The mean (±SD) age of the subjects was 28.0 ± 4.9 years (range, 20 to 44), and 104 cases (36.6%) were male. The mean ORA CCT measurements was 555 ± 32 µm (range, 492 to 641) which was greater than that of the Corvis ST (536 ± 32 µm; range, 467 to 618 µm; mean difference, 19 ± 9 µm; P < 0.001). In only 7 eyes (2.4%), ORA readings were not greater than that of the Corvis ST. The two devices measurements showed strong correlation (Pearson correlation coefficient: 0.964; P < 0.001). The 95% LOA between the ORA and the Corvis ST was 2.2 to 35.9 µm. The 95% LOAs between the two devices were not significantly different for CCTs < 540 µm versus CCTs ≥ 540 µm.

Conclusion
The ORA CCT readings was up to 35.9 µm greater than Corvis ST in healthy subjects without prior intraocular surgeries. These two devices may not be used interchangeably for measuring the CCT.
A Software Program to Standardize Diagnosis of Dry Eye
Authors
Ahmed R. Al-Ghoul, MD, ABO
Arman S. Grewal
Shakeel Qazi, BScOptom
Deepinder K. Dhaliwal, MD

Purpose
This purpose of the study is to evaluate a cloud-based dry eye software used to standardize diagnosis and treatment of dry eye and ensure consistency and continuity of care.

Methods
Six patients were examined by two doctors separately using the cloud-based software (CSI Dry Eye). The software requests doctors to input the following variables into the patient encounter (Medical History, Amount of “Itching”, Amount of Tearing, Symptoms scored using the Dry Eye Questionnaire, Fluorescein Staining, Osmolarity, Invasive Tear Breakup Time). Once the variables are entered, proprietary algorithms are used to classify severity of each variable. Doctors are then asked to verify which pattern they feel the patient falls under (from evaporative to aqueous, mild to severe) out of 9 general categories of dry eye disease.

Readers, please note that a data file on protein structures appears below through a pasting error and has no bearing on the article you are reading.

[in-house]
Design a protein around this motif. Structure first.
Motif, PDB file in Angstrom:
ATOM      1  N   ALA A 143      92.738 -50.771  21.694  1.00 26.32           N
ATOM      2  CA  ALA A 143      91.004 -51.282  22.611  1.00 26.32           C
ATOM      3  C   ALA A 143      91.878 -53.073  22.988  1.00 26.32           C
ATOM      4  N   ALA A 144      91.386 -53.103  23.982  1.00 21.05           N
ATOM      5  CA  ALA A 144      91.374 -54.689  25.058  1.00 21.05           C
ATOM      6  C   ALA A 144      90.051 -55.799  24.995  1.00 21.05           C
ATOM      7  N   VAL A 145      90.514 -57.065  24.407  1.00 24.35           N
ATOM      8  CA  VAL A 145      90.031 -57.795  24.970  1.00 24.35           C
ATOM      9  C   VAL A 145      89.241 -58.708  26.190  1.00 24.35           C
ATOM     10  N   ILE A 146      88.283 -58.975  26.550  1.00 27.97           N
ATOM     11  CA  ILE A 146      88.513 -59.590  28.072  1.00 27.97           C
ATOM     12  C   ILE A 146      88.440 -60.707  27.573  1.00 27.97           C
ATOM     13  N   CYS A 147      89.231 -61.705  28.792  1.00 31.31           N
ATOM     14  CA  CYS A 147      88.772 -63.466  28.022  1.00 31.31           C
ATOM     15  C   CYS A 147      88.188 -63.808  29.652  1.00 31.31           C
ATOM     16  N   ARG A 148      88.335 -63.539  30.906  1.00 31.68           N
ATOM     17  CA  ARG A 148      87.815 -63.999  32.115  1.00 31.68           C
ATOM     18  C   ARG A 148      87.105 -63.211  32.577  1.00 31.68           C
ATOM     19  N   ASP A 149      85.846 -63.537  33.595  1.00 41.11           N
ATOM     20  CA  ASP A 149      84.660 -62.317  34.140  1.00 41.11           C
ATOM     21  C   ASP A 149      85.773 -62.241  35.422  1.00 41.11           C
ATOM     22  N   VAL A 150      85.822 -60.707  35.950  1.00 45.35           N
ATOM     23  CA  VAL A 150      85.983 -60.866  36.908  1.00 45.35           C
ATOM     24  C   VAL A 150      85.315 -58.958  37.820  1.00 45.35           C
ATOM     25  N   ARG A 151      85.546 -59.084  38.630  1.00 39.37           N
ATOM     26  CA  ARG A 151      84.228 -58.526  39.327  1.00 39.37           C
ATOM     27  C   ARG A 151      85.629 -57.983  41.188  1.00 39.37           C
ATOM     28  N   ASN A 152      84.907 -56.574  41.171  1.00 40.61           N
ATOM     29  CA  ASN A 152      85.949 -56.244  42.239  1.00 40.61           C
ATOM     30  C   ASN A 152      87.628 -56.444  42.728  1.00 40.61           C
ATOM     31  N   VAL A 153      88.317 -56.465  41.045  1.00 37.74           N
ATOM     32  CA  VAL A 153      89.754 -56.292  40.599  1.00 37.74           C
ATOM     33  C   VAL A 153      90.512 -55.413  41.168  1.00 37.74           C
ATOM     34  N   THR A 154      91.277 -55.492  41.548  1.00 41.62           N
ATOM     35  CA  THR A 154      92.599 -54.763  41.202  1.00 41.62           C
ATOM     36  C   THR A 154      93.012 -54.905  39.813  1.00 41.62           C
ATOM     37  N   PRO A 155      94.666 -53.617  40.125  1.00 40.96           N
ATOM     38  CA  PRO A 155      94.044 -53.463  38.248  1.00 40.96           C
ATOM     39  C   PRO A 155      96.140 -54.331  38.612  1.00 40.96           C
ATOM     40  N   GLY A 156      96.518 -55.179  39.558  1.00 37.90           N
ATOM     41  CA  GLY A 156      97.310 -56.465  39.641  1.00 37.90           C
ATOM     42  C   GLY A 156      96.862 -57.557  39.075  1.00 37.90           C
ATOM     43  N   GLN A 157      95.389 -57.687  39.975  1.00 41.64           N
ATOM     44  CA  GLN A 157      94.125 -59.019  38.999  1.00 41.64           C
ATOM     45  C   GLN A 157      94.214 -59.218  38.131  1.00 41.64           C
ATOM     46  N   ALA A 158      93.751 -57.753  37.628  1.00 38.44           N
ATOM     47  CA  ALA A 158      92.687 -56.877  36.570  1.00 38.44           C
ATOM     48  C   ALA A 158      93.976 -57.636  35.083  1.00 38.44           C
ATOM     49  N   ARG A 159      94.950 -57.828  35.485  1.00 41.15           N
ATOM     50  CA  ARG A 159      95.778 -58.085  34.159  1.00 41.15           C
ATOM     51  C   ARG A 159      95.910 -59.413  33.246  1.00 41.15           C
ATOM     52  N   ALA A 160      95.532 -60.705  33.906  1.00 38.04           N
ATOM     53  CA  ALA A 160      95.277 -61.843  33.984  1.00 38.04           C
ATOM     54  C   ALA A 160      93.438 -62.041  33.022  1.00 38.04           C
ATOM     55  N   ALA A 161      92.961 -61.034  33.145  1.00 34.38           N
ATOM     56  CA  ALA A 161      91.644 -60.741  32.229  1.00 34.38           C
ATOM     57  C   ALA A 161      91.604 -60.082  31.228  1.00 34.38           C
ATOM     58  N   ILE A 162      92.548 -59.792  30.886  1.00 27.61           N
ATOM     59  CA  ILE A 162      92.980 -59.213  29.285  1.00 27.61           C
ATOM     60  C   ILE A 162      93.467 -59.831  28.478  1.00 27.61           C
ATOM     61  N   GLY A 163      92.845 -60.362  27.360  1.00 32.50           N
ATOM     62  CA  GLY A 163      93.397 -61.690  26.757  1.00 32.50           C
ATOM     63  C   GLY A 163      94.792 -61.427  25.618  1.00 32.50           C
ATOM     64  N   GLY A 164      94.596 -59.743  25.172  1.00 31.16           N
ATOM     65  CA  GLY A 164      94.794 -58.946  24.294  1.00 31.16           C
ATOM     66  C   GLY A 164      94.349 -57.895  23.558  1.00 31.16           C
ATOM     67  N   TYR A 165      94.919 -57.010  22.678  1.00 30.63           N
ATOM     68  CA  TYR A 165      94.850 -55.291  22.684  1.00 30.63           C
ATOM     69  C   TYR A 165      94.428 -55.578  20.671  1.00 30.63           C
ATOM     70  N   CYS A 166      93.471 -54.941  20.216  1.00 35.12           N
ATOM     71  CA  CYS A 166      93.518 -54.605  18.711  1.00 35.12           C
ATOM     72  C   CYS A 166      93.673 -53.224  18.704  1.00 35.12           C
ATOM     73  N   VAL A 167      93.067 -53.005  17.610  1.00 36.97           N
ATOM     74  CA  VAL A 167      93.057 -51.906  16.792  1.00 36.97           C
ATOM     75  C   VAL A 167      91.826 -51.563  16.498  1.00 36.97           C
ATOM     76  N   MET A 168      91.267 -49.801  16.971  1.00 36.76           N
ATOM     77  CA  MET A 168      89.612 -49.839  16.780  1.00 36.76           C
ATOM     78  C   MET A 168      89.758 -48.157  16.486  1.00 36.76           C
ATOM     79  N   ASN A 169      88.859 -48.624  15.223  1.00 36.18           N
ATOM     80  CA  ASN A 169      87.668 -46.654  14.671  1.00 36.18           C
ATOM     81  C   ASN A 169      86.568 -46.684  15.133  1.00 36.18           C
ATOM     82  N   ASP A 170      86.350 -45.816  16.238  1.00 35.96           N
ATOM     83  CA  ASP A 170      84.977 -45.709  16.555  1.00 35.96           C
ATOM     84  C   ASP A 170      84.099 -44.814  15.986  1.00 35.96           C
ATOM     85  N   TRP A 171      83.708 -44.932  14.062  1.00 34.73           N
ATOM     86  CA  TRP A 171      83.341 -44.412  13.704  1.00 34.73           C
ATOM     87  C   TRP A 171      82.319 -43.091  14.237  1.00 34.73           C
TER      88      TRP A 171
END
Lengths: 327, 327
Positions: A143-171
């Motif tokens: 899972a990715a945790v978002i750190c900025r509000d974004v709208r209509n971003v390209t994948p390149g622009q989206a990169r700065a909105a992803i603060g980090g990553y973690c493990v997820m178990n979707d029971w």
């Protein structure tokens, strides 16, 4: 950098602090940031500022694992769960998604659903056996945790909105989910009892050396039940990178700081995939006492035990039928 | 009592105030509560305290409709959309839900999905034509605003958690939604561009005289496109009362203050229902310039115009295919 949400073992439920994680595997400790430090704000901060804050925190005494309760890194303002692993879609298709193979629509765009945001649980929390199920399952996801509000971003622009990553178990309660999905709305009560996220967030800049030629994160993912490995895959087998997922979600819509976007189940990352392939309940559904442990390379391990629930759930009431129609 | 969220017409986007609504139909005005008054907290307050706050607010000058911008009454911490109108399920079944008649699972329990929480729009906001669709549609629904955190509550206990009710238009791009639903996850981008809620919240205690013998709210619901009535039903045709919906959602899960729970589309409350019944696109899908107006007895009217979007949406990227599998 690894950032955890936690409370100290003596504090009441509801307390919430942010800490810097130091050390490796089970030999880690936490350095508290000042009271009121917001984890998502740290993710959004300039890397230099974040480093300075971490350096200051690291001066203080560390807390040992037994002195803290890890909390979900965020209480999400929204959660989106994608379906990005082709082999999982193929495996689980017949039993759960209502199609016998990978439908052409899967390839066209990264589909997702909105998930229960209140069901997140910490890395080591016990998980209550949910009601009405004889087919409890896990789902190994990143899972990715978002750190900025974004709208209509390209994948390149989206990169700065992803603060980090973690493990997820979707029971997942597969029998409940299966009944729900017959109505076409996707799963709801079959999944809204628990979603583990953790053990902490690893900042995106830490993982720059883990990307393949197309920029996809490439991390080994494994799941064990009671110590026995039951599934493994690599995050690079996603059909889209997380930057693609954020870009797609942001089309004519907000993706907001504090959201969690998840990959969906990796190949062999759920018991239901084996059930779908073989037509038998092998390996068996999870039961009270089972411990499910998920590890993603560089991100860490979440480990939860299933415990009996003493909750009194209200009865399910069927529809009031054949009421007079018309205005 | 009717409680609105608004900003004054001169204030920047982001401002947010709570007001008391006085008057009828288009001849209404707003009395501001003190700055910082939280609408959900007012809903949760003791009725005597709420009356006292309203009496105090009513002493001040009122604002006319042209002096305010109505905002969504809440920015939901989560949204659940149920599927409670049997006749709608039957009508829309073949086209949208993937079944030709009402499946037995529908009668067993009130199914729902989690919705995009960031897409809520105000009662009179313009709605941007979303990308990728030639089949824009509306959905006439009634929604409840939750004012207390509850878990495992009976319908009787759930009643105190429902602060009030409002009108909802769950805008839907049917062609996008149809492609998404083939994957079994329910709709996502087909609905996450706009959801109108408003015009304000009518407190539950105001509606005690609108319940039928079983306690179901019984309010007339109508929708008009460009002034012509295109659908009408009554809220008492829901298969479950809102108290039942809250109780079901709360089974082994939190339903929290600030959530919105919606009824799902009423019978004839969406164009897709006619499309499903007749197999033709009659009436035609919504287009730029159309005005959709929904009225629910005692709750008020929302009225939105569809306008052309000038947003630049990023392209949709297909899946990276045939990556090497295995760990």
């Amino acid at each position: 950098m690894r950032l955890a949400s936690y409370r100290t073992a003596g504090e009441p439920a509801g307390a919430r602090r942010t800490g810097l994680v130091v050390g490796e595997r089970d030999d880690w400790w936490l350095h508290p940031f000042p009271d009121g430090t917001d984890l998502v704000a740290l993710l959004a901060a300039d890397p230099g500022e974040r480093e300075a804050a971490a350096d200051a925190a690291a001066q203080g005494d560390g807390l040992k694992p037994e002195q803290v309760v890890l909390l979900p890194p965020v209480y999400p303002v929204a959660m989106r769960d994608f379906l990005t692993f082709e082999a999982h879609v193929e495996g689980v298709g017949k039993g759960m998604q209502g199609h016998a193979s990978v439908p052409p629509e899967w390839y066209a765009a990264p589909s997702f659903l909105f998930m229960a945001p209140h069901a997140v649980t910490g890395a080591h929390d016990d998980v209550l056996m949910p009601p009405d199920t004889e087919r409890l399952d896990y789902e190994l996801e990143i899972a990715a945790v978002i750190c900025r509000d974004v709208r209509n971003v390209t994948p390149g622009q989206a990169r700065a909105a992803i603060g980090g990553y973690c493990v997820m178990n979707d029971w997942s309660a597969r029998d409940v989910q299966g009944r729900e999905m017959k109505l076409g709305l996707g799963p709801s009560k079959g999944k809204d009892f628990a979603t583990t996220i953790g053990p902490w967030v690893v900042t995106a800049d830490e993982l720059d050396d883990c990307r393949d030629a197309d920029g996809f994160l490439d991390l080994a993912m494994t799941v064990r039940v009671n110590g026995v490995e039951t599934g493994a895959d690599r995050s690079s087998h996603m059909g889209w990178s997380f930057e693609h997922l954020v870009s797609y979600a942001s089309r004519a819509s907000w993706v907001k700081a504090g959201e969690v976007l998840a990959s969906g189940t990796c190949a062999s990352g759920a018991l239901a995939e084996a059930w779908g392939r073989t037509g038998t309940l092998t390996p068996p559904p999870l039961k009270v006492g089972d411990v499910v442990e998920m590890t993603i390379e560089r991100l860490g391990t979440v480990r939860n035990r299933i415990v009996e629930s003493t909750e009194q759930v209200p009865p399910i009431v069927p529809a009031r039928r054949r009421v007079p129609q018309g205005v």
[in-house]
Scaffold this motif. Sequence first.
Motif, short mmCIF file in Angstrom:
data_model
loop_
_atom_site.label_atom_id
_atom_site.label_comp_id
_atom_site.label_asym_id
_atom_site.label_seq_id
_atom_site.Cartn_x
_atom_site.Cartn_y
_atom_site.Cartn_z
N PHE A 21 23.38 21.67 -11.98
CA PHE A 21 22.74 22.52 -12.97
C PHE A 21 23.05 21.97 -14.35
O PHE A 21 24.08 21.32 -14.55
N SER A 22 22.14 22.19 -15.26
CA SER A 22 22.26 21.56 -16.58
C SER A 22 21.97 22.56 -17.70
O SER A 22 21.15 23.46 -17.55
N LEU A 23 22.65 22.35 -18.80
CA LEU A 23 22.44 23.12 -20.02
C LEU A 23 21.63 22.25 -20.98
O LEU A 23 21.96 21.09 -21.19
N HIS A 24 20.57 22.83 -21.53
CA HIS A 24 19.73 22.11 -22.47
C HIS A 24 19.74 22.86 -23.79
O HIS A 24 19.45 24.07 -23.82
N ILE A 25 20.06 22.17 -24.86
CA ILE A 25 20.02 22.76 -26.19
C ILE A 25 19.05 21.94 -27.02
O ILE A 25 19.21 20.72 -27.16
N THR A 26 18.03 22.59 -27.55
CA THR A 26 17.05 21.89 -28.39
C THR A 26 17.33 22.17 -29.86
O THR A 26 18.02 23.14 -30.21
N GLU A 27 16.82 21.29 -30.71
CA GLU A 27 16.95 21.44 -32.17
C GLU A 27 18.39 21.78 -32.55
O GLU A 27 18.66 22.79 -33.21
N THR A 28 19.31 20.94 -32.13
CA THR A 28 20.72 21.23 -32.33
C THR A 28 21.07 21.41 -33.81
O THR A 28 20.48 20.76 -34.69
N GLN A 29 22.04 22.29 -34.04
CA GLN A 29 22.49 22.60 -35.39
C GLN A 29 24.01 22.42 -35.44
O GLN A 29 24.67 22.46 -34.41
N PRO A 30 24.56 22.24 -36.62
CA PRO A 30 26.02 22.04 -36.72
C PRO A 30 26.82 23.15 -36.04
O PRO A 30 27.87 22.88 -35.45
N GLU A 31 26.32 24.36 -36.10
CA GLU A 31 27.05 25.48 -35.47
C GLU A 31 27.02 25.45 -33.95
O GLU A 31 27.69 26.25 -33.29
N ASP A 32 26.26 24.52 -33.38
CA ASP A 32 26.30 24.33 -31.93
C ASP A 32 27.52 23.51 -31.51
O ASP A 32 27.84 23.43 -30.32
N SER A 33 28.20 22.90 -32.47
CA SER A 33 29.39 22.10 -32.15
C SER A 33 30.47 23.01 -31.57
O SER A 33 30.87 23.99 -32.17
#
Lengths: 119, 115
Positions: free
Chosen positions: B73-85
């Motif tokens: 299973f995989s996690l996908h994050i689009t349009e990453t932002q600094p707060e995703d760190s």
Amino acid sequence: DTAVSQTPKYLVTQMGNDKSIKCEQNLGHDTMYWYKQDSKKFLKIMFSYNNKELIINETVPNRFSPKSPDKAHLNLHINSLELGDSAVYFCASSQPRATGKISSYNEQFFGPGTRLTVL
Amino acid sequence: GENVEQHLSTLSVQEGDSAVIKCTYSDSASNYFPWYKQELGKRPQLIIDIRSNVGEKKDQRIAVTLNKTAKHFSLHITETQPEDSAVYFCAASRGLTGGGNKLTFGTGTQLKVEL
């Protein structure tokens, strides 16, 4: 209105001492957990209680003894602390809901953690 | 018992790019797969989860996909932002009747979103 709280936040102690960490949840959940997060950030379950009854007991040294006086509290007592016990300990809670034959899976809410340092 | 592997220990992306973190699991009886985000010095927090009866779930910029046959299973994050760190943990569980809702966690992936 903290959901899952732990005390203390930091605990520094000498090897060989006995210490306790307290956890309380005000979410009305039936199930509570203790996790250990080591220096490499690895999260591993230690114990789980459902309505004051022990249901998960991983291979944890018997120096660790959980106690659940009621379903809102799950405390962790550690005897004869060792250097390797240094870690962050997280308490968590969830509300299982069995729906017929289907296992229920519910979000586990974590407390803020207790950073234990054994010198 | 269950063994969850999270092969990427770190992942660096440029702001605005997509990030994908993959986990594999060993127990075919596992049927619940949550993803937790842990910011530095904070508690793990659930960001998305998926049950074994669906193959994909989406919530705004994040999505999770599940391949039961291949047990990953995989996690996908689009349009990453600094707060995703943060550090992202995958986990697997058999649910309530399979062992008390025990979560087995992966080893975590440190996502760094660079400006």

Results
The results showed that out of six patients who were independently evaluated by two doctors, there was 83.3% agreement between the two doctors in categorizing the dry eye disease pattern using the dry eye software.

Conclusion
Preliminary data shows that the dry eye software is 83.3% effective in consistently categorizing dry eye disease in patients.
Artificial Intelligence - Anterior Segment Photos Computer Diagnositic
Author
Sunita R. Agarwal, MD

Purpose
To identify ocular and systemic diseases using camera on mobile application along with computational algorithms that can update themselves using artificial intelligence and the cloud

Methods
over 10000 patients data with anterior segment photographs and diagnosis is used to take measurements for physiological and pathological conditions. These are captured with computational algorithms where data is used as the raw data. Test subject can now be photographed along with the software application making it possible for the computer using artificial intelligence to give diagnosis ocular and systemic.